* U.S. GDP miss puts downward pressure on stocks
* Fed's statement awaited for clues on asset-buying program
* Euro climbs, bund futures tick lower
NEW YORK, Jan 30 An unexpected contraction in
the U.S. economy in the fourth quarter sent stocks in Europe and
the United States lower on Wednesday but helped keep the euro
close to a 14-month high on expectations the U.S. central bank
will continue its easy monetary policy.
Positive stock sentiment after strong results at Boeing and
Amazon.com and a strong private sector employment report
was offset by the negative U.S. gross domestic
The Federal Reserve is expected to maintain asset buying at
$85 billion a month when it concludes its meeting later in the
day and stick to its commitment to hold interest rates near zero
until unemployment falls to at least 6.5 percent from the
current 7.8 percent.
That expectation was bolstered for some investors by the GDP
data, which showed the world's largest economy in the fourth
quarter unexpectedly suffered its first decline since the
2007-09 recession. Gross domestic product fell at a 0.1 percent
annual rate after growing at a 3.1 percent clip in the third
The GDP data also overshadowed a third straight rise in
European economic confidence, an increase in European Central
Bank crisis loan repayments and a solid sale of five- and
10-year Italian bonds, which provided fresh evidence of the
recent improvement in the region.
"This is one chink in the armor of the recent
better-than-expected economic indicators. This will make people
start to get wary," said Wayne Kaufman, chief market analyst at
John Thomas Financial in New York. "If it turns out Sandy and
the 'fiscal cliff' were the reasons for (the contraction),
people will shrug it off."
The Dow Jones industrial average was down 18.43
points, or 0.13 percent, at 13,935.99. The Standard & Poor's 500
Index was down 3.08 points, or 0.20 percent, at 1,504.76.
The Nasdaq Composite Index was down 3.45 points, or 0.11
percent, at 3,150.21.
European shares were down 0.5 percent, although an
earlier rise in Asian shares kept the MSCI world share index
flat after reaching a 21-month high.
There had been optimism earlier in the day after several
encouraging reports on the European economy that caused the euro
to break above $1.35 for the first time since December
2011. The euro was last at $1.3563.
Expectations of easy U.S. monetary policy added to the
attractiveness of the euro. In recent years investors would buy
the dollar as a safer haven on bad economic data, but at least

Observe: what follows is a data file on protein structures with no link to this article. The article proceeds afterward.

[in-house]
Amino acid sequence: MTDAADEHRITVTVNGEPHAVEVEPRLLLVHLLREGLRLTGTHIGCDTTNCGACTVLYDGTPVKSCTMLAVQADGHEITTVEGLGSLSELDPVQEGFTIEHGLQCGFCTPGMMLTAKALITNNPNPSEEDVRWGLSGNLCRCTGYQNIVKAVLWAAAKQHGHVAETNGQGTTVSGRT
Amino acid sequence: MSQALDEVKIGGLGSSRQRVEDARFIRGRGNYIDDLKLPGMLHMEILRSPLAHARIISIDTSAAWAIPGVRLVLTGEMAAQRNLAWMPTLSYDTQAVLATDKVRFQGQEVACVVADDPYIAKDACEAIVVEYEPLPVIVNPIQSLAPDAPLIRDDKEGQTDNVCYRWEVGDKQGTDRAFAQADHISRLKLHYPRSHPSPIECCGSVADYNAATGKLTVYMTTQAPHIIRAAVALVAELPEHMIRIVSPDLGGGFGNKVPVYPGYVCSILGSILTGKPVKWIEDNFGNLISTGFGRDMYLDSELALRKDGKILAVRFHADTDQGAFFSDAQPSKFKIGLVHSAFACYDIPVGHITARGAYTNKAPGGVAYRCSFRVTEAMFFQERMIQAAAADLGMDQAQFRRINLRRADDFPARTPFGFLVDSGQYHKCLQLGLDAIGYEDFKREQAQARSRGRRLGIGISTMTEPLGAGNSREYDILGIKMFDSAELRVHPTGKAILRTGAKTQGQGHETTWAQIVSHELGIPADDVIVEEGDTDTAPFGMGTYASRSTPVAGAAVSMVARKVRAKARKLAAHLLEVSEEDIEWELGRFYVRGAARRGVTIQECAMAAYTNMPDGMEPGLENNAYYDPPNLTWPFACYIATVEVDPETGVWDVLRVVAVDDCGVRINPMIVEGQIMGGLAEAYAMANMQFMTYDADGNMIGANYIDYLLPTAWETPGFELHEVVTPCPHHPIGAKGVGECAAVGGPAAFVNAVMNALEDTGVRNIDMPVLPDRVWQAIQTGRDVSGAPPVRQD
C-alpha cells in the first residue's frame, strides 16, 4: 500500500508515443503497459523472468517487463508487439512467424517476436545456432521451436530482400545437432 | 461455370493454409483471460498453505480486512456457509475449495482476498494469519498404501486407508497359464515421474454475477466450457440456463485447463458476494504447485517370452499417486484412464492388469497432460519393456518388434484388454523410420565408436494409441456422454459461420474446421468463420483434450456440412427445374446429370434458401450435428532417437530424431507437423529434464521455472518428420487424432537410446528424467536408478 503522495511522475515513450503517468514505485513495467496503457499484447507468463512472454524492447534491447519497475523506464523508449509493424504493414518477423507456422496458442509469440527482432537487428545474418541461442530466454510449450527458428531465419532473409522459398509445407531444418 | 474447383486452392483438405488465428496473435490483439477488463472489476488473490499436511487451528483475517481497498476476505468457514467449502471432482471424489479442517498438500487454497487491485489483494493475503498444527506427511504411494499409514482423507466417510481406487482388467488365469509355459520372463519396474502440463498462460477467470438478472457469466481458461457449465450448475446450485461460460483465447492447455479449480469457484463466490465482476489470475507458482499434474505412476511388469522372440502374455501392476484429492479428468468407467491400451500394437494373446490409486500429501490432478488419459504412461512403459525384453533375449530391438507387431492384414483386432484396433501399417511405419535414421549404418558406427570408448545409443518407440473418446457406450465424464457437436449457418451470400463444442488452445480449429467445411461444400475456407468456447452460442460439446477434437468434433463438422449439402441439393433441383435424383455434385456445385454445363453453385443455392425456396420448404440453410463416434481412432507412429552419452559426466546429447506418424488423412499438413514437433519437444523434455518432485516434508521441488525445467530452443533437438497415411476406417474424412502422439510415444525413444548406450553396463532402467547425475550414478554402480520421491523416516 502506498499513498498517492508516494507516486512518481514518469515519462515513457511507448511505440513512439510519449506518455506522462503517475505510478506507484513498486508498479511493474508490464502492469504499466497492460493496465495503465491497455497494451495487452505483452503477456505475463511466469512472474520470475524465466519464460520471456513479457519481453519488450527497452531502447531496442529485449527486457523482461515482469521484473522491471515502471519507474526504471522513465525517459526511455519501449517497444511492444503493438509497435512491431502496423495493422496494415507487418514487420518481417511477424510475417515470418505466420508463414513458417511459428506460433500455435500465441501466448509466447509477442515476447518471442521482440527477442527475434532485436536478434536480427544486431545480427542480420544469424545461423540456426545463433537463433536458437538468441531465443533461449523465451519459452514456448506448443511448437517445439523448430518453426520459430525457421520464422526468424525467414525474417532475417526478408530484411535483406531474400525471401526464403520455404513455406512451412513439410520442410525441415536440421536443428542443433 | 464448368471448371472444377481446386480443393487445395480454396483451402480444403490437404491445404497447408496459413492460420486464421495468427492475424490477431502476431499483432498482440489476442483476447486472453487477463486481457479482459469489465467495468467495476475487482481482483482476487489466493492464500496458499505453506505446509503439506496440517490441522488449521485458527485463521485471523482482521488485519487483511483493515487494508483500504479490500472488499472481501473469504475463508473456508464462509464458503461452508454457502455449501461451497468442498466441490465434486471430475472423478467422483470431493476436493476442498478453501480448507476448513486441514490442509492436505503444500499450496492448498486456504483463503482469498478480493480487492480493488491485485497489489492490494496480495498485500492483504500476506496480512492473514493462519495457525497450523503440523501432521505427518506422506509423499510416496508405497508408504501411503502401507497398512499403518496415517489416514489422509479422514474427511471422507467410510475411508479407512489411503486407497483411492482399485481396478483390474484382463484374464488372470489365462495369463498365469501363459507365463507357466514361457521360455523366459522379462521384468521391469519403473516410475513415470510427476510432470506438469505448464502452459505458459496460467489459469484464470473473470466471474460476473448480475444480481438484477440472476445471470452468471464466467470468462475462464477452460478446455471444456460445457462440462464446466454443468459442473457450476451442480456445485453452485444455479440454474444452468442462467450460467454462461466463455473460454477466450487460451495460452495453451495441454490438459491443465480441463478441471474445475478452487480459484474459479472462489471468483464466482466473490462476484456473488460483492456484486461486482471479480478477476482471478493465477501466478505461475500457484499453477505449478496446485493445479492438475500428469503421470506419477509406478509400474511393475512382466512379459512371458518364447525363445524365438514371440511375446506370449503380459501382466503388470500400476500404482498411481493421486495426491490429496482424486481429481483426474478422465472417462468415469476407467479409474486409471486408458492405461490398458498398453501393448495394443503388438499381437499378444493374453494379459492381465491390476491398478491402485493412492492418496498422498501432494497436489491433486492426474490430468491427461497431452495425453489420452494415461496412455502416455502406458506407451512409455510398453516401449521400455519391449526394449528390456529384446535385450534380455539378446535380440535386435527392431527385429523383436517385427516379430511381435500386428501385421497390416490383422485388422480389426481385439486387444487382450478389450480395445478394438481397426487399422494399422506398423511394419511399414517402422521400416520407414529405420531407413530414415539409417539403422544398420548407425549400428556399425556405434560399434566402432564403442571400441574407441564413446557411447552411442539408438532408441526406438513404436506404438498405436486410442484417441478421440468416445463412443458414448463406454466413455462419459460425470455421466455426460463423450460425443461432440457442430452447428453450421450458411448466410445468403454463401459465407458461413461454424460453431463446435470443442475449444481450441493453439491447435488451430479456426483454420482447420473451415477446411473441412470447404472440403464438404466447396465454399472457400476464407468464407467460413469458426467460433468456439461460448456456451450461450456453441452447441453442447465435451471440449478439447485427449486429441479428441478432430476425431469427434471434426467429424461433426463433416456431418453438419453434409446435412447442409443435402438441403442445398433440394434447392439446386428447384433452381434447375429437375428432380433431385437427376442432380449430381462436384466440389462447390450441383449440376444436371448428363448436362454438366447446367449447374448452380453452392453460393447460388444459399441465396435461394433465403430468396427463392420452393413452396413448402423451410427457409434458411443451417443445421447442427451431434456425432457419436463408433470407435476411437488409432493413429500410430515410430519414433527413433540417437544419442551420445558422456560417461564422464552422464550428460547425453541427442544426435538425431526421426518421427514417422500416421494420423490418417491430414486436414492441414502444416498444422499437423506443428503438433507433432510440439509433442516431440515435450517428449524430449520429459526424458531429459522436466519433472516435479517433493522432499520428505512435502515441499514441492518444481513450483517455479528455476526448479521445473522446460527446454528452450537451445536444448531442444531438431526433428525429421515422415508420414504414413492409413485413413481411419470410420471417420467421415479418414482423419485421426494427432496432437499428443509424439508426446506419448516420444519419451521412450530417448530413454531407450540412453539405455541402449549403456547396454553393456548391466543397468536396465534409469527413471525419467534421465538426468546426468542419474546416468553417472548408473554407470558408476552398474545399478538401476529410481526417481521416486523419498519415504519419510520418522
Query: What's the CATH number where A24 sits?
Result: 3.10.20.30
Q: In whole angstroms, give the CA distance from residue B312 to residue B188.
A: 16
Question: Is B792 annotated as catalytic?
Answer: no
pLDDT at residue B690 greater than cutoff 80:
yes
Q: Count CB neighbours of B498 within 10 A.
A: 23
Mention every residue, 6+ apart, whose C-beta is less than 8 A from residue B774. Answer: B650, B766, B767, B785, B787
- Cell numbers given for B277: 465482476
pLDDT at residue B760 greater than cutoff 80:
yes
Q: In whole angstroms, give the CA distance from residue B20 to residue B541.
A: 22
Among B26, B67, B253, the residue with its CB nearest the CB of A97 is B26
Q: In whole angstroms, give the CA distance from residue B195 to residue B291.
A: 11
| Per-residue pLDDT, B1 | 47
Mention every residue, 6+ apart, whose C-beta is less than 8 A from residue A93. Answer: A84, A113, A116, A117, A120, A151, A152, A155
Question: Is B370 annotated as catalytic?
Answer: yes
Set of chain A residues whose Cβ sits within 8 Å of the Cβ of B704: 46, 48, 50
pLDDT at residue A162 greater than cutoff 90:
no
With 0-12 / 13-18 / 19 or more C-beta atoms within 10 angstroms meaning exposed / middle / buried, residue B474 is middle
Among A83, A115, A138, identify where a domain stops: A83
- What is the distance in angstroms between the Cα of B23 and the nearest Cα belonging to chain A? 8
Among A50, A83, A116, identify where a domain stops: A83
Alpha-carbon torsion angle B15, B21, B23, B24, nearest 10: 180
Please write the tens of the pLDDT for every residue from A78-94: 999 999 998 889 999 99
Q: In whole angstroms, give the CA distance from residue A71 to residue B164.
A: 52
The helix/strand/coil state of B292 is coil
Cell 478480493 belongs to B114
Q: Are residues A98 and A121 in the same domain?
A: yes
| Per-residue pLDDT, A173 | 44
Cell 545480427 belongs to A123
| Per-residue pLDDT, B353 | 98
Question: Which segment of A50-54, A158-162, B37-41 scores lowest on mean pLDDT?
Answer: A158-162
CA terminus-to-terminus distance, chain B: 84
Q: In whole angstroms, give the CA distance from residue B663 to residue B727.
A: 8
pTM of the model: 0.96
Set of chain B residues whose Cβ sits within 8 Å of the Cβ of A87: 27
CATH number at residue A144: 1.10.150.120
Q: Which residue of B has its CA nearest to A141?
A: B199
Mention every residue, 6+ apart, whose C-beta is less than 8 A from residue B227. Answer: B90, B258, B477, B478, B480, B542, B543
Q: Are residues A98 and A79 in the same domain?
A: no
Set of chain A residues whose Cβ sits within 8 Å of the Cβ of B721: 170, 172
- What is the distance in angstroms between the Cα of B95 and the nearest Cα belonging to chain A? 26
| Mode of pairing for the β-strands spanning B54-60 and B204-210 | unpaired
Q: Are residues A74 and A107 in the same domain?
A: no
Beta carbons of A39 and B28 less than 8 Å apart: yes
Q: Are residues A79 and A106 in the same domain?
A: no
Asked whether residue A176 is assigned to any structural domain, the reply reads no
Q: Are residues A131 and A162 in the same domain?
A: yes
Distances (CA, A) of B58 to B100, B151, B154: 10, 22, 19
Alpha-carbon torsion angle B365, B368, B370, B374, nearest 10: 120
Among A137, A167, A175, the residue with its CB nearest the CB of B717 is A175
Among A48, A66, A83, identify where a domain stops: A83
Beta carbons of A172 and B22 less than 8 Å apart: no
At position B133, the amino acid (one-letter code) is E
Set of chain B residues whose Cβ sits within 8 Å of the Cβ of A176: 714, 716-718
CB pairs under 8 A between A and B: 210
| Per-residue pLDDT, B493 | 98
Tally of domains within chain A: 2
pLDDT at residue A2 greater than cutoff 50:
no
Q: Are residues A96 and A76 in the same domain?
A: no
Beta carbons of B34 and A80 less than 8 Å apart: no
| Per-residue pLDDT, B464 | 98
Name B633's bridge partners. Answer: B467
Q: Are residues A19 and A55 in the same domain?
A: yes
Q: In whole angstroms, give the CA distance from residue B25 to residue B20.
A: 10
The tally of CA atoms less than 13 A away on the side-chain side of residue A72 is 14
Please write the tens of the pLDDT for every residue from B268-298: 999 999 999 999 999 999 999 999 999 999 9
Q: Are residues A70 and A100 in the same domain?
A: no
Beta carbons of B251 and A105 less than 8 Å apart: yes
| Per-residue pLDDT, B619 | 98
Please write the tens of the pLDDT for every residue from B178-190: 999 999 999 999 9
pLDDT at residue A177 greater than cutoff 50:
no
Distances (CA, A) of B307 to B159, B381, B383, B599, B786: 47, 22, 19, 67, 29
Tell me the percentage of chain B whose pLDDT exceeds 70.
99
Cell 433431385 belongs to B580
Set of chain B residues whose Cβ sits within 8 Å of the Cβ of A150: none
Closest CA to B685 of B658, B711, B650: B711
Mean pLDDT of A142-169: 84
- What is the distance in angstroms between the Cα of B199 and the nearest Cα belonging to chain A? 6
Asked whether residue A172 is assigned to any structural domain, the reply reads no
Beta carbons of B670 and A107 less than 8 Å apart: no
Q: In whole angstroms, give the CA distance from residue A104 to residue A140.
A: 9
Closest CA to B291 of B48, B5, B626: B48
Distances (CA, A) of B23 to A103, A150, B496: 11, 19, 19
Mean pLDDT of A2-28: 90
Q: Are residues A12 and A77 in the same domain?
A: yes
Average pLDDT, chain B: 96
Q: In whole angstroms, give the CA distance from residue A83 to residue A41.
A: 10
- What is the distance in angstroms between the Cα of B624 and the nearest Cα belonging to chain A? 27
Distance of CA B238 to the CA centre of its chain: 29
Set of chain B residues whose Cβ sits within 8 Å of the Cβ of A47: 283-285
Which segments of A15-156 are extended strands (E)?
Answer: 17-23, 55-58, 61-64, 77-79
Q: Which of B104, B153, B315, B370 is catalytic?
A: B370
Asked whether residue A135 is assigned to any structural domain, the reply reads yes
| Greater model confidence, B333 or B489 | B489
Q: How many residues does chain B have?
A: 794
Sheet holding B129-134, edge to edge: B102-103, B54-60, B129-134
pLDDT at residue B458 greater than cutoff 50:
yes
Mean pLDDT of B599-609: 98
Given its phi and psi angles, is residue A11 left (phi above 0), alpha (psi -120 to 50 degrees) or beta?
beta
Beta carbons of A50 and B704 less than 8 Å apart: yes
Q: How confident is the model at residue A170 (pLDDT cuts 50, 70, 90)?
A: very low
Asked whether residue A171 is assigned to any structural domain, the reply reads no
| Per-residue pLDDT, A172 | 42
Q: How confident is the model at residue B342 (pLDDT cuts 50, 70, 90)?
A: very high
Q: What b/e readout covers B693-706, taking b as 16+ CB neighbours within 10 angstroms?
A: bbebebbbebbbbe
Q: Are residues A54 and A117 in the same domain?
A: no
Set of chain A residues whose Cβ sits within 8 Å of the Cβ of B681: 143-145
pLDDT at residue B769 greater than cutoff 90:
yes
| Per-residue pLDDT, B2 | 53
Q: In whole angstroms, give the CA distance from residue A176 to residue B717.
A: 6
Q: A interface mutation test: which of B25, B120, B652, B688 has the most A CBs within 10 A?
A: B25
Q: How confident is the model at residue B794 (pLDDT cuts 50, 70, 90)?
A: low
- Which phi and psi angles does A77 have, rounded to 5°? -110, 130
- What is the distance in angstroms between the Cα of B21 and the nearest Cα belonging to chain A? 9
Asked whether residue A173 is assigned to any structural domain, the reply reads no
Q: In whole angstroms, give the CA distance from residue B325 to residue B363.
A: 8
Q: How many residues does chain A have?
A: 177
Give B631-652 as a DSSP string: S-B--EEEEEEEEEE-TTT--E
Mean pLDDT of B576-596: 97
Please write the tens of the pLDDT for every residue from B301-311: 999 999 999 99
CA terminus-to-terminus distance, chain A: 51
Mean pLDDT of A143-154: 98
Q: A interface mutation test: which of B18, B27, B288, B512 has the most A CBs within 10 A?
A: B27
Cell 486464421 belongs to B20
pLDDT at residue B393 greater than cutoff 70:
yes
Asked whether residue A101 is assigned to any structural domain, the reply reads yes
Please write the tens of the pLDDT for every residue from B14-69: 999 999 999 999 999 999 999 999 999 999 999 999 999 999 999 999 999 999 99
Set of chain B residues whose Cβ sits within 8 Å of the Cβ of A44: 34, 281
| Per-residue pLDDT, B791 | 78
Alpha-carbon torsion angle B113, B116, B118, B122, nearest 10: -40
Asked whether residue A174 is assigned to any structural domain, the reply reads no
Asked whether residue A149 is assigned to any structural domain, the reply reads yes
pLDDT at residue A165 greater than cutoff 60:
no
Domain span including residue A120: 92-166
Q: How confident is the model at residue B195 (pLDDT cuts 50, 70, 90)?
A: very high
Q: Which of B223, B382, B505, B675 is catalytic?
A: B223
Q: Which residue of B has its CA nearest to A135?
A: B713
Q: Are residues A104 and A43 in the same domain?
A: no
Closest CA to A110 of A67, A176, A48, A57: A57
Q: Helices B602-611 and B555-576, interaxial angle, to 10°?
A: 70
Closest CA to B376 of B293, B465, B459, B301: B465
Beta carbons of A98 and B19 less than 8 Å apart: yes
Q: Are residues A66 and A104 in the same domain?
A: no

on Wednesday, they saw the euro as a better bet.
"This is a source of weakness for the dollar because it
takes away the narrative that the U.S. economy is performing
better than the rest of the world," said Joe Manimbo, senior
market analyst at Western Union Business Solutions.
Alongside the rebound in confidence in the euro zone, one of
the key drivers behind the currency's recent spike has been the
eagerness of banks to repay the crisis loans they took from the
ECB just over a year ago.
Banks returned a larger-than-expected 137.2 billion euros of
those loans on Wednesday and also surprised analysts by trimming
their three-month funding, despite predictions they would use it
partly to restock their coffers.
The focus of the Fed decision will be on its outlook for the
economy and its bond buying program after it sounded slightly
more hawkish last month.
The benchmark 10-year U.S. Treasury note was
down 5/32, the yield breaking a recent barrier at 2.0154
Bund futures fell to session lows on Wednesday, with
investors taking the view that the contraction in the U.S.
economy last year was not going to have significant impact on
the Fed's policy moves.
Bund futures fell as low as 141.36, down 46 ticks
on the day.
China's promising economic growth forecast for 2013 raised
expectations for robust demand for fuel and industrial
commodities, underpinning oil prices and lifting copper.
Brent crude oil reached its highest level in three and a
half months as it passed $115 a barrel. It last traded at
$114.60. U.S. light sweet crude oil was flat at $97.57
"Oil has followed risk assets higher, but we think it's
strong versus the fundamentals, with production cuts needed from
Saudi Arabia due to strong supply from OPEC," cautioned Filip
Petersson, an SEB analyst in Stockholm.